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Plants (Basel). 2018 Jul 11;7(3). pii: E56. doi: 10.3390/plants7030056.

Identification of Genomic Regions Contributing to Protein Accumulation in Wheat under Well-Watered and Water Deficit Growth Conditions.

Author information

1
Crop Science Department, Faculty of Agriculture, Damanhour University, Damanhour 22516, Egypt. ibrahim.salah@agr.dmu.edu.eg.
2
Crop Science Department, Faculty of Agriculture, Damanhour University, Damanhour 22516, Egypt. Sabahinunl@gmail.com.
3
Department of Agronomy and Horticulture, University of Nebraska-Lincoln, Lincoln, NE 68583, USA. kasturiraghuprakash@gmail.com.
4
Plant Protection Department, Faculty of Agriculture, Damanhour University, Damanhour 22516, Egypt. atef.nassar@dmu.edu.eg.

Abstract

Sustaining wheat production under low-input conditions through development and identifying genotypes with enhanced nutritional quality are two current concerns of wheat breeders. Wheat grain total protein content, to no small extent, determines the economic and nutritive value of wheat. Therefore, the objectives of this study are to identify accessions with high and low grain protein content (GPC) under well-watered and water-deficit growth conditions and to locate genomic regions that contribute to GPC accumulation. Spring wheat grains obtained from 2111 accessions that were grown under well-watered and water-deficit conditions were assessed for GPC using near-infrared spectroscopy (NIR). Results indicated significant influences of moisture, genotype, and genotype × environment interaction on the GPC accumulation. Furthermore, genotypes exhibited a wide range of variation for GPC, indicating the presence of high levels of genetic variability among the studied accessions. Around 366 (166 with high GPC and 200 with low GPC) wheat genotypes performed relatively the same across environments, which implies that GPC accumulation in these genotypes was less responsive to water deficit. Genome-wide association mapping results indicated that seven single nucleotide polymorphism (SNPs) were linked with GPC under well-watered growth conditions, while another six SNPs were linked with GPC under water-deficit conditions only. Moreover, 10 SNPs were linked with GPC under both well-watered and water-deficit conditions. These results emphasize the importance of using diverse, worldwide germplasm to dissect the genetic architecture of GPC in wheat and identify accessions that might be potential parents for high GPC in wheat breeding programs.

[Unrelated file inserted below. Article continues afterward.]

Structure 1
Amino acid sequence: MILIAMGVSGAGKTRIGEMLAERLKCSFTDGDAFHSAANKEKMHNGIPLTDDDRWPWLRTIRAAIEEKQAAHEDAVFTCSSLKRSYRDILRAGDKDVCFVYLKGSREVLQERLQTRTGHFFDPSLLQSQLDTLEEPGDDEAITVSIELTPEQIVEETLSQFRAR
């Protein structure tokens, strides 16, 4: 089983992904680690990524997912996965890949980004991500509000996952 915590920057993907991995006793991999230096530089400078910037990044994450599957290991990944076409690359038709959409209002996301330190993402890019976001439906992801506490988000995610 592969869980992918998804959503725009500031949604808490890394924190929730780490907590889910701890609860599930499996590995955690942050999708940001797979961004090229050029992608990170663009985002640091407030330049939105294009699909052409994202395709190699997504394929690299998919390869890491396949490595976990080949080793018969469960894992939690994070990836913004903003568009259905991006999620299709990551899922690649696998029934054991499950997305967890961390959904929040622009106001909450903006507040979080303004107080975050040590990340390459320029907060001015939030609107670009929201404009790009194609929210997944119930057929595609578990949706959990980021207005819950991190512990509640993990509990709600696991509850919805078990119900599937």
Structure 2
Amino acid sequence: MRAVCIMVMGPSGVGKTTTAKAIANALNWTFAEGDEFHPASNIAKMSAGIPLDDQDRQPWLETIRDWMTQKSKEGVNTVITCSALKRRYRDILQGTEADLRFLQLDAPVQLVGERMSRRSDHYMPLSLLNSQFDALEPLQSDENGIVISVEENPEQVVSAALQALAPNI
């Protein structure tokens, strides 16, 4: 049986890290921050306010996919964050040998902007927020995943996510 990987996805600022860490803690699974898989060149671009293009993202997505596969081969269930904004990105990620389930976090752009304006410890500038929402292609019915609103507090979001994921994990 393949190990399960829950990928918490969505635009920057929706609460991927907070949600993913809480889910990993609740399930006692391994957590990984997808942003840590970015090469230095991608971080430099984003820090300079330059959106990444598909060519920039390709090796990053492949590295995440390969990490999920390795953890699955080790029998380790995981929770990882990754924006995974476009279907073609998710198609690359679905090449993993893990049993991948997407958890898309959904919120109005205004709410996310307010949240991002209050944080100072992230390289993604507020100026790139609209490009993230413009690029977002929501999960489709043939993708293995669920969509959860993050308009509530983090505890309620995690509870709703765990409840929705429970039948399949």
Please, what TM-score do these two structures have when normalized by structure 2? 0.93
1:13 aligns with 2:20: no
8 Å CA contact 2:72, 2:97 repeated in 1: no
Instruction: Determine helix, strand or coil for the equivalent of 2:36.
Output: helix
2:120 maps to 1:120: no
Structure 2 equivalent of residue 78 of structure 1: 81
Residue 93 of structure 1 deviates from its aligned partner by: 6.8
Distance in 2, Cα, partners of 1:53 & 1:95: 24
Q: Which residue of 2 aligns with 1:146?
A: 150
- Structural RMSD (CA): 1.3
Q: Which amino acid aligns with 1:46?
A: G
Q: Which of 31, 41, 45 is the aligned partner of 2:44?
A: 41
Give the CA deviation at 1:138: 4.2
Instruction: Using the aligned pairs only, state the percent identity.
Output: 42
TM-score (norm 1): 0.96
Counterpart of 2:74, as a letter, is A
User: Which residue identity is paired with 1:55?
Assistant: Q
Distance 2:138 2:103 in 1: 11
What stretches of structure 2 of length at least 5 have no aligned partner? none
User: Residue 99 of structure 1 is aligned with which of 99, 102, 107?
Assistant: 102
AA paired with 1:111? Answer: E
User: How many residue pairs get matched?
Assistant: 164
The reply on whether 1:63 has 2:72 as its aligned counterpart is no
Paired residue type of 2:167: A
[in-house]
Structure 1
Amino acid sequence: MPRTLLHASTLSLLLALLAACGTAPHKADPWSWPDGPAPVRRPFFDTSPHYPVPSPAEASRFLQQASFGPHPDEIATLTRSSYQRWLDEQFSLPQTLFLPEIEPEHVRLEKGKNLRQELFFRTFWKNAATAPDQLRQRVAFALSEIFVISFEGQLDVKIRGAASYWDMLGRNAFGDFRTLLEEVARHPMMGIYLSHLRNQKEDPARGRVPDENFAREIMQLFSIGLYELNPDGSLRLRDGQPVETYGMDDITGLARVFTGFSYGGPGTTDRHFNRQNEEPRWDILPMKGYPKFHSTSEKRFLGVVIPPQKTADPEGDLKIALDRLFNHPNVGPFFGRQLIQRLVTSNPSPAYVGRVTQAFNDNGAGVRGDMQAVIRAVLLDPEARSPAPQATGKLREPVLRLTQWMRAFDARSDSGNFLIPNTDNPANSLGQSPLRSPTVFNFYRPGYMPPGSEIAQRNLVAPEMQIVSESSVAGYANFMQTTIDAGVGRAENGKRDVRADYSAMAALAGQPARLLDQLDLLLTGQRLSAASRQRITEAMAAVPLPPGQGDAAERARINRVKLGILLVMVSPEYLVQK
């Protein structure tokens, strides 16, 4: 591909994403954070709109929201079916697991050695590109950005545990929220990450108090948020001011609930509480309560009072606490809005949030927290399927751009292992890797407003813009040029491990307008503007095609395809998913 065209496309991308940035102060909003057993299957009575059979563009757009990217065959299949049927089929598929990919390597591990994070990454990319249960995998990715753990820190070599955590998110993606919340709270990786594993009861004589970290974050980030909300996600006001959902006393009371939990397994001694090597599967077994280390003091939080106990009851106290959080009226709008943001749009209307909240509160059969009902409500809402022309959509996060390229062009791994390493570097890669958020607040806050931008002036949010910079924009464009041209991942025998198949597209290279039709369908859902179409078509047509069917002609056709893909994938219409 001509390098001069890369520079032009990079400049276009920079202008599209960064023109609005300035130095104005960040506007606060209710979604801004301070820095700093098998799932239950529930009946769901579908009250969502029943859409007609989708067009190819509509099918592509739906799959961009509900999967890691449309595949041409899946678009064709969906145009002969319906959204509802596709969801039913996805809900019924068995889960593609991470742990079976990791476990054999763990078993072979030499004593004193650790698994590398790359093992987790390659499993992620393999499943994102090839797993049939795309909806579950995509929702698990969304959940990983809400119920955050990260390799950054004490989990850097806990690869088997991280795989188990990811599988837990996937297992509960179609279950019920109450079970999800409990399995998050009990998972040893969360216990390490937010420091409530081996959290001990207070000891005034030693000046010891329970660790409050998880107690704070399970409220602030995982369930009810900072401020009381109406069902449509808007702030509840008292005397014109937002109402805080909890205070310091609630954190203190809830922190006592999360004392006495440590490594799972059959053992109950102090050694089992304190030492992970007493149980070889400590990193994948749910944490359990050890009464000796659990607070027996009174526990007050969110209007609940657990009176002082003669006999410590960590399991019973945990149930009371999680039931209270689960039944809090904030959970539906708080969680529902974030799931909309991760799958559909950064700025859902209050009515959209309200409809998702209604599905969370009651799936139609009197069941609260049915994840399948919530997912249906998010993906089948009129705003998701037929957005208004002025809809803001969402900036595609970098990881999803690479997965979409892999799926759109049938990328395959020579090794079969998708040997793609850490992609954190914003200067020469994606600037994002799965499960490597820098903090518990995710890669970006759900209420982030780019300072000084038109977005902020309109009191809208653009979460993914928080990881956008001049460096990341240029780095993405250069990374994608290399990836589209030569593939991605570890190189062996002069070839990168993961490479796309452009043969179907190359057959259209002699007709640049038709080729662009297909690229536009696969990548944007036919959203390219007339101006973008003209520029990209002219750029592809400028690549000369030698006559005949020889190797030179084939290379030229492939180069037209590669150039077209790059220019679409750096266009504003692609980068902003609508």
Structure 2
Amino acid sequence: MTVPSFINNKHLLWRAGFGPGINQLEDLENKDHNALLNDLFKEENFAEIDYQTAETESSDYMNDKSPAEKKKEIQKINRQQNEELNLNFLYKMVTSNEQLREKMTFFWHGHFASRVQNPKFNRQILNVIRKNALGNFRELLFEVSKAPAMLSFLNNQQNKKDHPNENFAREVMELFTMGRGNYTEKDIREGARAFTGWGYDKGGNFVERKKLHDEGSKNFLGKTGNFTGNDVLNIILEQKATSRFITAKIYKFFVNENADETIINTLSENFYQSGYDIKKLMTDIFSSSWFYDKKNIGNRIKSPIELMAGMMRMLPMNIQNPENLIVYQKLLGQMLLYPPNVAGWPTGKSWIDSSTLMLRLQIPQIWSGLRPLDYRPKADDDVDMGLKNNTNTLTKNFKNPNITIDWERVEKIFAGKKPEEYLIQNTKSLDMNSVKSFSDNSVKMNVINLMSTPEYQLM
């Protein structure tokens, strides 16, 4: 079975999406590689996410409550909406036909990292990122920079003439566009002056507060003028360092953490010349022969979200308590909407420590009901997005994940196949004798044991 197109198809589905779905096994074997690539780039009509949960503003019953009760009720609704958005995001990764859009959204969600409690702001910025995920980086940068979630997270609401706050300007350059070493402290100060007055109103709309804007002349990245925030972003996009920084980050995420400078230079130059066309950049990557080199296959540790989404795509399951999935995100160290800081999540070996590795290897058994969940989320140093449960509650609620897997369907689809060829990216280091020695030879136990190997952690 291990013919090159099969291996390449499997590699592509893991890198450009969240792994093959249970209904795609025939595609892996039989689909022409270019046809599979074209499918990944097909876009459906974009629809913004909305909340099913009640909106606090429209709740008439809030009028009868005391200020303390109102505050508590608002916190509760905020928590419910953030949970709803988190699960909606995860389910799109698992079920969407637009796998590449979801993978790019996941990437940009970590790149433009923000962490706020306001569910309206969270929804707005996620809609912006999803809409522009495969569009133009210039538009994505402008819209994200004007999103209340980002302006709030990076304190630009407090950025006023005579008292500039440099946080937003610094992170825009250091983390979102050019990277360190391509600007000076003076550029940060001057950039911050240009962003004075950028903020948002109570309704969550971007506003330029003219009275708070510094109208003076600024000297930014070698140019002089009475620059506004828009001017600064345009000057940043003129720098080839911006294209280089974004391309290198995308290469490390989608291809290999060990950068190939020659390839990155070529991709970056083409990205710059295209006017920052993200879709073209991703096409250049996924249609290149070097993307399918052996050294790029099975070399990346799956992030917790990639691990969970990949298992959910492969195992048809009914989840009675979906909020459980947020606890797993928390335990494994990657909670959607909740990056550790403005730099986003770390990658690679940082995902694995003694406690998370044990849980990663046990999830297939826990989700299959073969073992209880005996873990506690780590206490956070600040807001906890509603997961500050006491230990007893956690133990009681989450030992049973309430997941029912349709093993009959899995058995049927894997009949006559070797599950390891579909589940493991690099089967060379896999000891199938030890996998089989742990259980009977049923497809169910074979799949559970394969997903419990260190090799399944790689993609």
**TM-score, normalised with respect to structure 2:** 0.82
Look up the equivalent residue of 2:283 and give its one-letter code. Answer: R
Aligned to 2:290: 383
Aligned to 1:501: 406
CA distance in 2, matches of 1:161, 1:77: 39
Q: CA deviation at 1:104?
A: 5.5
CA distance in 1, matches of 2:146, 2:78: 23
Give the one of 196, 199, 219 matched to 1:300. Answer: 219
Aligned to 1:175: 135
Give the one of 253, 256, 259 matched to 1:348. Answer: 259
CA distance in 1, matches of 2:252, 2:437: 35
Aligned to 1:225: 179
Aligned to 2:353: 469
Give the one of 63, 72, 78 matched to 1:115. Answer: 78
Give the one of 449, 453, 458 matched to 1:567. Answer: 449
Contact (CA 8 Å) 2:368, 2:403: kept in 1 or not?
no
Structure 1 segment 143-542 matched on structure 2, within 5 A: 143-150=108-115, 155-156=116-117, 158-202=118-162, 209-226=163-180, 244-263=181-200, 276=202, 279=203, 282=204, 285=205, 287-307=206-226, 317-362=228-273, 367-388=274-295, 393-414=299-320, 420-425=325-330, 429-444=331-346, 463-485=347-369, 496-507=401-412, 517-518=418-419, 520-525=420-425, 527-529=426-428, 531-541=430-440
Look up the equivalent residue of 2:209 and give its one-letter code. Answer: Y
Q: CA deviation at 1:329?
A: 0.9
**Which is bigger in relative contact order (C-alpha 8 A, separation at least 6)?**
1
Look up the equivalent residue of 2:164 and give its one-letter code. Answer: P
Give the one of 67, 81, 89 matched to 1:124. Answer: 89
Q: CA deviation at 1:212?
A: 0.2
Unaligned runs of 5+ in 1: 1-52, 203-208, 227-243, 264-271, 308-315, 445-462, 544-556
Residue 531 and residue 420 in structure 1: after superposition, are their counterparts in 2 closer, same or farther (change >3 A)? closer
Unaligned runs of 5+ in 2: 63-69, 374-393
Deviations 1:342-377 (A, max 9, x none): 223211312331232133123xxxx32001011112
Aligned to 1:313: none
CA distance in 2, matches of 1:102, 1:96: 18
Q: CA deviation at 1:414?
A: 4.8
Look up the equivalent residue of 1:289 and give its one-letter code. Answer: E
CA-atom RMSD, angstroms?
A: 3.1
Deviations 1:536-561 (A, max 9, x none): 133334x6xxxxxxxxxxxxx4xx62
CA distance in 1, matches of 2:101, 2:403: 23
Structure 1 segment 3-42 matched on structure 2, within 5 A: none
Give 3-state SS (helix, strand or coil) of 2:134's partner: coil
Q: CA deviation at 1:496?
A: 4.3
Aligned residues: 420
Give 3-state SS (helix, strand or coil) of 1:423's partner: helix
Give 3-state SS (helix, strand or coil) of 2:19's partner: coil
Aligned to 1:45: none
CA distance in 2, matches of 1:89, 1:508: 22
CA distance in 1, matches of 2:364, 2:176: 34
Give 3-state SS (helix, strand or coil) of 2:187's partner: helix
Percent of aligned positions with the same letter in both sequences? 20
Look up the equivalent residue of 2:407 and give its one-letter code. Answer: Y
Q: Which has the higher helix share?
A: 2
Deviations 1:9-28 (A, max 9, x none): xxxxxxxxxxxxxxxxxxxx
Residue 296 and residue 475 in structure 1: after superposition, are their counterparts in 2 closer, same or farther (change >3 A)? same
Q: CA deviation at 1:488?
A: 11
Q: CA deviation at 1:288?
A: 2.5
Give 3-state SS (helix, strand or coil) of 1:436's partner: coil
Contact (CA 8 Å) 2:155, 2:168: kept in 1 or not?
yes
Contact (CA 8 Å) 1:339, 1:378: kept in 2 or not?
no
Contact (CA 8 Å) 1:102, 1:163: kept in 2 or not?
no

KEYWORDS:

genome-wide association mapping; grain protein content; water deficit; wheat

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